Chronology Arts have released the 2016 results of their Australian Composer List Project, the product of a survey of Australian artistic decision makers involved in new music. Artistic directors and curators were asked to nominate composers they feel show promise and should be more performed and commissioned.

“Once the list is finalised we approach the composers recommended the most frequently, offering to be included in a promotional USB and website,” the Chronology Arts website explains. “The USB is sent to the artistic decision makers who contributed to the process, as well as an international network of potential commissioners.”

According to Chronology Arts, the survey had over 40 qualified respondents between September and December last year. The published list comprises nine emerging and ten established composers.

The emerging composers for 2016 are Michael Bakrnčev, Andrew Batt-Rawden (publisher of Limelight and a board member of Chronology Arts), Jakob Bragg, Lisa Cheney, Annie Hsieh, Lisa Illean, Kate Neal, Lachlan Skipworth and Joe Twist. The established composers listed are Brett Dean, Ross Edwards, Mary Finsterer, Elliott Gyger, Matthew Hindson, Elena Kats-Chernin, Liza Lim, Paul Stanhope, Nigel Westlake and Carl Vine.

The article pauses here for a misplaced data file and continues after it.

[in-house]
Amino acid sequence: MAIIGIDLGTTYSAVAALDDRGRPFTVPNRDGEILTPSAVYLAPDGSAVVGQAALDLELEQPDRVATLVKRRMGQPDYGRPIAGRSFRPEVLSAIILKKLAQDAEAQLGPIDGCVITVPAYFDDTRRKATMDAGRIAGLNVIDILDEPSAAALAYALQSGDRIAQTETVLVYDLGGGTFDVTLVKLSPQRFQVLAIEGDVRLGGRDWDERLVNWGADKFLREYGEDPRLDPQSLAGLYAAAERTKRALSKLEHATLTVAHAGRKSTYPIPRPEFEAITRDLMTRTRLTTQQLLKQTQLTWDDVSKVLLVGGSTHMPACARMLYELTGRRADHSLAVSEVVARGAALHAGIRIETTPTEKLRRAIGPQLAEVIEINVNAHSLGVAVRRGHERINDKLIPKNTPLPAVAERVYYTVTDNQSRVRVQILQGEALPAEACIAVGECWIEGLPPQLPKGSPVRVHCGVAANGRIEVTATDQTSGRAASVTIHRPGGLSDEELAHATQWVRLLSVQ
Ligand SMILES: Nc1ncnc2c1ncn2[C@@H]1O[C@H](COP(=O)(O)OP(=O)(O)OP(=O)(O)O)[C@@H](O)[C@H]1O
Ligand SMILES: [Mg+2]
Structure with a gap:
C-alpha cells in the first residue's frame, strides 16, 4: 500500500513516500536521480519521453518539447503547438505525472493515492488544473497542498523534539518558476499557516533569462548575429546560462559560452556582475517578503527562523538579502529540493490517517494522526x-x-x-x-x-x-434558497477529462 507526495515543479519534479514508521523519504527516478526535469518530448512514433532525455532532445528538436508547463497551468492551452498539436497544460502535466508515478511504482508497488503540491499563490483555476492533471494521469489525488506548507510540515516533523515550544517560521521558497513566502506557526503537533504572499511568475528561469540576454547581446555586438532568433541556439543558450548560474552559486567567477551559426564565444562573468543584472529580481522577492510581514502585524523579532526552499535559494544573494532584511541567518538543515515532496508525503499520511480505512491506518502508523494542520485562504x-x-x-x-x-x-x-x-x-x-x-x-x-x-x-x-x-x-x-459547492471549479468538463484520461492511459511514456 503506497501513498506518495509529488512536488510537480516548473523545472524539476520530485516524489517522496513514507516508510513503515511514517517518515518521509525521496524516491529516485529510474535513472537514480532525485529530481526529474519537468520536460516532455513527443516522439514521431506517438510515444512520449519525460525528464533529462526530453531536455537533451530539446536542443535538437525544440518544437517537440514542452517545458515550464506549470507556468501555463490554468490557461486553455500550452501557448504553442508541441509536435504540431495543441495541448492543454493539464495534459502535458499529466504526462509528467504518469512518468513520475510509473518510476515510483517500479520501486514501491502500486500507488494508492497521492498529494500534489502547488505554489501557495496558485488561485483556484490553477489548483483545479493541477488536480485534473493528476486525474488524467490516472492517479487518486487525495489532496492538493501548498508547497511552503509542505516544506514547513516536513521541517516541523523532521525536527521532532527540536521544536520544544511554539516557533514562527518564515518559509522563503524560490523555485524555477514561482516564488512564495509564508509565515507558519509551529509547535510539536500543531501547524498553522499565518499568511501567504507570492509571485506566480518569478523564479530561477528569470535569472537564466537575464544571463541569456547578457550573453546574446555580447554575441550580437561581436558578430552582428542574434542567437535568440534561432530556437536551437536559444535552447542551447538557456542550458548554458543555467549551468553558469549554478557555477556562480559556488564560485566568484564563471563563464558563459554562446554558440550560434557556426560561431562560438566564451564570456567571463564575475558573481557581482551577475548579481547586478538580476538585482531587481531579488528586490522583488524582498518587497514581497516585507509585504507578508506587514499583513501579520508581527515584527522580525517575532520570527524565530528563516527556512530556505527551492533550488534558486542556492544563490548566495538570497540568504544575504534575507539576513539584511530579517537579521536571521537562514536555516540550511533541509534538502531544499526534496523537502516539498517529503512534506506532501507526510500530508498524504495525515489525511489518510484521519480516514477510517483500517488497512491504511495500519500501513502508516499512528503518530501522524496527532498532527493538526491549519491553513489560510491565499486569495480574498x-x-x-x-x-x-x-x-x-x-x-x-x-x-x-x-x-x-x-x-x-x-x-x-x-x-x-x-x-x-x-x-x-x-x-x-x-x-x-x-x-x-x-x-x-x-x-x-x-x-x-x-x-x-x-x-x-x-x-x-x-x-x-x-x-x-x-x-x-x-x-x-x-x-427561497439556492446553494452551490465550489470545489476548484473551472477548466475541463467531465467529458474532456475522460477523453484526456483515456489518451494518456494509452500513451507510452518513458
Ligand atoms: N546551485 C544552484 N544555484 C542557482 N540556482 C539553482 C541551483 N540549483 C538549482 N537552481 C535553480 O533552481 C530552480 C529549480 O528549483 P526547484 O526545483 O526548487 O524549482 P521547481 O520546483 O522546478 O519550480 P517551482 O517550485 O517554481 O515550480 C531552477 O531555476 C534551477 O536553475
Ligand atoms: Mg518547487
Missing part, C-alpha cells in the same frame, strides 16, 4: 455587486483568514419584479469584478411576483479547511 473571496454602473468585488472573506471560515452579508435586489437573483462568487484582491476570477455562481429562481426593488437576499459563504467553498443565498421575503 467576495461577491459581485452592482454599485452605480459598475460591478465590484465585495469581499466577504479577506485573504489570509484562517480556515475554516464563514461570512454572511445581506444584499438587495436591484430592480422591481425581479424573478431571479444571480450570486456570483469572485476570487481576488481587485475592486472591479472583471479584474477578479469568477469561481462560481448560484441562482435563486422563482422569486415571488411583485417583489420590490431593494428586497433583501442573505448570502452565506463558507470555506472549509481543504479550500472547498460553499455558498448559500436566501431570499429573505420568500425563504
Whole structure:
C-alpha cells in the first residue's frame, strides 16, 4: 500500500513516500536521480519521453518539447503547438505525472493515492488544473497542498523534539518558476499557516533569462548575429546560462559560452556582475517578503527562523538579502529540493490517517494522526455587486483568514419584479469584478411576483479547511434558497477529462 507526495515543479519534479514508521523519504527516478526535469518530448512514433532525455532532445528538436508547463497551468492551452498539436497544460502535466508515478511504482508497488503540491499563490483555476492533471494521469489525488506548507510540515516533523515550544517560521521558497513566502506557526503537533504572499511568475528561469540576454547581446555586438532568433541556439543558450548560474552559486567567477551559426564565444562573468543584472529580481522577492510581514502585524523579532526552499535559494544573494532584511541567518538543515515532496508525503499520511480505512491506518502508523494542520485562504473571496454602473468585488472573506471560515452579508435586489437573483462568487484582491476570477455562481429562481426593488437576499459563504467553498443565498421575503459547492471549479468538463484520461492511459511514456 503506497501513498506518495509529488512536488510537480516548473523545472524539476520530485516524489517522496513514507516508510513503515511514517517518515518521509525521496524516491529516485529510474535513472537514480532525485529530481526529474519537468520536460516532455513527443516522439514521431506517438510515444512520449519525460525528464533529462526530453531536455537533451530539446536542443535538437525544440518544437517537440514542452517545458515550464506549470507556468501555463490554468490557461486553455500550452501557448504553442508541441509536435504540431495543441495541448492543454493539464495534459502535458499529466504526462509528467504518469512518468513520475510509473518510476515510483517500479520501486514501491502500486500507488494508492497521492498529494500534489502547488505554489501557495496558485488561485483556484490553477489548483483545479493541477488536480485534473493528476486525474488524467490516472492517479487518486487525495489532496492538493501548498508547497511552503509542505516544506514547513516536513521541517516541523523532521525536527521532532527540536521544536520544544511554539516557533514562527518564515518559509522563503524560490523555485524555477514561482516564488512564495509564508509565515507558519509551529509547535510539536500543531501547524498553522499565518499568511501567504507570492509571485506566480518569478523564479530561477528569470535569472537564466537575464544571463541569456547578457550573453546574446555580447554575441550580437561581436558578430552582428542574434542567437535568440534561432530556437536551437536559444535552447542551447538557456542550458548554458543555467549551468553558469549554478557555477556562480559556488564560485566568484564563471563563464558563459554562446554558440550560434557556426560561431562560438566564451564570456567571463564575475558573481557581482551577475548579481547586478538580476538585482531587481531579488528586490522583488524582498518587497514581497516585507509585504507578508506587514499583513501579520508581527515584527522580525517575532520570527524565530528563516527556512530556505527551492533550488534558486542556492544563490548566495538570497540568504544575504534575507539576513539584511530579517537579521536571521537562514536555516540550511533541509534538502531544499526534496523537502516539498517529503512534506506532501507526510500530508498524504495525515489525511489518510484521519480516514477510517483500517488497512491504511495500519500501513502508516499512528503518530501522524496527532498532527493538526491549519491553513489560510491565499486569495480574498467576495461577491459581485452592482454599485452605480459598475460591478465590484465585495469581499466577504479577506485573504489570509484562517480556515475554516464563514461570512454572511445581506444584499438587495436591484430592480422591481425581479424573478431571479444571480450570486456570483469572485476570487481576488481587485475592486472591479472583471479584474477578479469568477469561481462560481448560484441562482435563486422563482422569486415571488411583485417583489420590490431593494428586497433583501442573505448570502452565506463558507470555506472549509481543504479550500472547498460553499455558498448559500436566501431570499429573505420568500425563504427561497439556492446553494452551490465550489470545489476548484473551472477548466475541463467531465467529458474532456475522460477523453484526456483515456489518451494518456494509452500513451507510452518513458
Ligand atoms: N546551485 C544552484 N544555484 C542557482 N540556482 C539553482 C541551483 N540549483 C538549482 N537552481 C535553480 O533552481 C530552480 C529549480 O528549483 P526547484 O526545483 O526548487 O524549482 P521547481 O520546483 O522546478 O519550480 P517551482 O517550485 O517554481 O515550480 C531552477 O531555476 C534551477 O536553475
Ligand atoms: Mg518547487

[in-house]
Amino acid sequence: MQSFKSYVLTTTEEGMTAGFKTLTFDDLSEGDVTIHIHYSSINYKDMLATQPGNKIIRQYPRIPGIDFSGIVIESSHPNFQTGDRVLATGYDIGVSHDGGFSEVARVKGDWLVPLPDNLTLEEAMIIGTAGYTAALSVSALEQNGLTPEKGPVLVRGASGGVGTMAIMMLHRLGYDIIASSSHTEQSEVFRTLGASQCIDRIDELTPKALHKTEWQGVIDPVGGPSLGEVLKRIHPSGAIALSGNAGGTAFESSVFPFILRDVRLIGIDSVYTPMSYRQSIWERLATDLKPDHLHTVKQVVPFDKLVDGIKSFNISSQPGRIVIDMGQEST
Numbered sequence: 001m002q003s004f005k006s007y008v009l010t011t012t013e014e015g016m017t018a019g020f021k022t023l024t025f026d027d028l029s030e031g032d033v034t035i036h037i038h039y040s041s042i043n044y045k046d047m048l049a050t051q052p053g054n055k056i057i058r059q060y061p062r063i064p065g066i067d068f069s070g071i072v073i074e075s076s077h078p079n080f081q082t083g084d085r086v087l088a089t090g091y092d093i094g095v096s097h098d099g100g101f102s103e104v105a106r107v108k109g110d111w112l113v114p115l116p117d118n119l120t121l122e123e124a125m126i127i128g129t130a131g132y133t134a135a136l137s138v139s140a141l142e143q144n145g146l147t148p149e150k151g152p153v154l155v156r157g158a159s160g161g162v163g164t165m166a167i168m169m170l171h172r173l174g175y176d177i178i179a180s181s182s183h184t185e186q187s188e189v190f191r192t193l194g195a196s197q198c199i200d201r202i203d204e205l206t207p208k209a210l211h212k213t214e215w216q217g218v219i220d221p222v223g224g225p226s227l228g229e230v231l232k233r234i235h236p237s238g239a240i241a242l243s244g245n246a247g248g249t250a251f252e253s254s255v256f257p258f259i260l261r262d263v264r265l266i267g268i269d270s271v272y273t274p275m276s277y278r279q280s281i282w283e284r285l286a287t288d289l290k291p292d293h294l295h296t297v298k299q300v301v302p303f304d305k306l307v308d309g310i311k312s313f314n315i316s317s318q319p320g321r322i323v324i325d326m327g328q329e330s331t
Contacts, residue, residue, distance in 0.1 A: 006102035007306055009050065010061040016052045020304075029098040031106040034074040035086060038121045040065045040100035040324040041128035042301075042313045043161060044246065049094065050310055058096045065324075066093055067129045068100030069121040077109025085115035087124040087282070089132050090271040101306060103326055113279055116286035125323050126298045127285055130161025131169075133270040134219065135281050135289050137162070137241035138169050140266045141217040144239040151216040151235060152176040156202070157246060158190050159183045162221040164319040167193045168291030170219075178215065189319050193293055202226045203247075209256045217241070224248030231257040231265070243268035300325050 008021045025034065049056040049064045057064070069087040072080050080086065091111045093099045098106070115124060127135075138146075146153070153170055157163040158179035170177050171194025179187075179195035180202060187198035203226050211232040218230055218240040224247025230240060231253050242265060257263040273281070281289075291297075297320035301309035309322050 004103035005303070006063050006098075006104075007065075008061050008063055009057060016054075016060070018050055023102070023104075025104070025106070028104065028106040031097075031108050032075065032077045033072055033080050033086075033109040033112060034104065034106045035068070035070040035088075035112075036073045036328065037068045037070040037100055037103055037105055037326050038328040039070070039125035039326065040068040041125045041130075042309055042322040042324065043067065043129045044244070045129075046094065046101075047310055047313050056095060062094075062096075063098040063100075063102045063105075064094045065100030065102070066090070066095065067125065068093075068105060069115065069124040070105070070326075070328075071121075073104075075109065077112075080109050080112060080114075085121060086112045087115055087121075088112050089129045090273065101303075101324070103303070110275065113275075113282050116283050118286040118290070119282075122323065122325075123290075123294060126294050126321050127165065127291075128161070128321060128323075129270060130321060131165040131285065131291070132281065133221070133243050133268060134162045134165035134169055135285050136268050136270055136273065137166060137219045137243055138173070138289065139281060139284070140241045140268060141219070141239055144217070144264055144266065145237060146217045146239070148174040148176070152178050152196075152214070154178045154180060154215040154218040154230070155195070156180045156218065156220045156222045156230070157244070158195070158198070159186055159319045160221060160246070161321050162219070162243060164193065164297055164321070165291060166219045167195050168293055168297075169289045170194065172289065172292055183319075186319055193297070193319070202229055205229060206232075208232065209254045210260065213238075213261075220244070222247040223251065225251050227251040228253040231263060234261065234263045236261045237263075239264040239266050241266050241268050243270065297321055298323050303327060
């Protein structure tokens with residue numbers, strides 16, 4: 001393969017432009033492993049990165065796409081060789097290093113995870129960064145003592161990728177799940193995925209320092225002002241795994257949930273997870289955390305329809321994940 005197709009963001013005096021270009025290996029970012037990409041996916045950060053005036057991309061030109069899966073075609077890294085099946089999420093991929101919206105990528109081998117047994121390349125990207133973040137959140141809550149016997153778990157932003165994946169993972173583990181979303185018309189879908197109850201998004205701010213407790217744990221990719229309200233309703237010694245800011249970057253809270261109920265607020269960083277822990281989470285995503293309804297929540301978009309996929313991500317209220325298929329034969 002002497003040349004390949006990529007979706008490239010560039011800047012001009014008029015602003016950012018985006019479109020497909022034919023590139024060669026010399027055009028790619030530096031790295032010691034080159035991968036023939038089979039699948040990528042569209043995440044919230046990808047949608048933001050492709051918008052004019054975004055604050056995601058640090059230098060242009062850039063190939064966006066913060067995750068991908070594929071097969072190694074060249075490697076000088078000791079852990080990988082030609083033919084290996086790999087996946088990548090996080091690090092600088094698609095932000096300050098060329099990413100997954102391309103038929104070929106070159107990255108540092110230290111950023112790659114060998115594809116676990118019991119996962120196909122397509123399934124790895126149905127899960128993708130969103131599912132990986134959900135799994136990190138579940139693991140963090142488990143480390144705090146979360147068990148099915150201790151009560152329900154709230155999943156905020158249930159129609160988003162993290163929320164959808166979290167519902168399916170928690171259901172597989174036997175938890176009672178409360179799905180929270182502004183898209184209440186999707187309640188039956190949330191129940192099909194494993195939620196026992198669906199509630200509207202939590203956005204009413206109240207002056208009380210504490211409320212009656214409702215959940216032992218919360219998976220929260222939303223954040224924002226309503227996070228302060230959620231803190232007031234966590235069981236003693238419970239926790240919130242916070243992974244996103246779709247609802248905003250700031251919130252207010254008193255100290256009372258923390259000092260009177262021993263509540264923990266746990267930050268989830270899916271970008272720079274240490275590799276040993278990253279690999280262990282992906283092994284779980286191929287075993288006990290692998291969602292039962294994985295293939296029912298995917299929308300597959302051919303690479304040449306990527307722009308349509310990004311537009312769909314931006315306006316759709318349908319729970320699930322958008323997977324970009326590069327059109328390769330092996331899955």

The list provides an insight into which emerging composers have attracted the attention of the country’s artistic decision makers, with many already receiving commissions at home and abroad. Mary Finsterer’s opera Biographica premiered as part of the Sydney Festival in January while a new work by Michael Bakrnčev will premiere as part of the A Sunburnt Country project in Antwerp in May. Lisa Illean’s Land’s End was commissioned for the inaugural concert of the Sydney Symphony Orchestra’s SSO at Carriageworks series in 2016, curated by the orchestra’s Artist in Residence Brett Dean – whose new opera based on Shakespeare’s Hamlet will premiere at Glyndebourne in May.

“The Australian Composer List Project is a way of promoting, getting commissions for, and building capacity of lesser known Australian composers,” Chronology Arts says on its website. “This project is a way of us consolidating a very specialised knowledge base and using it to build composer careers in a very concrete way.”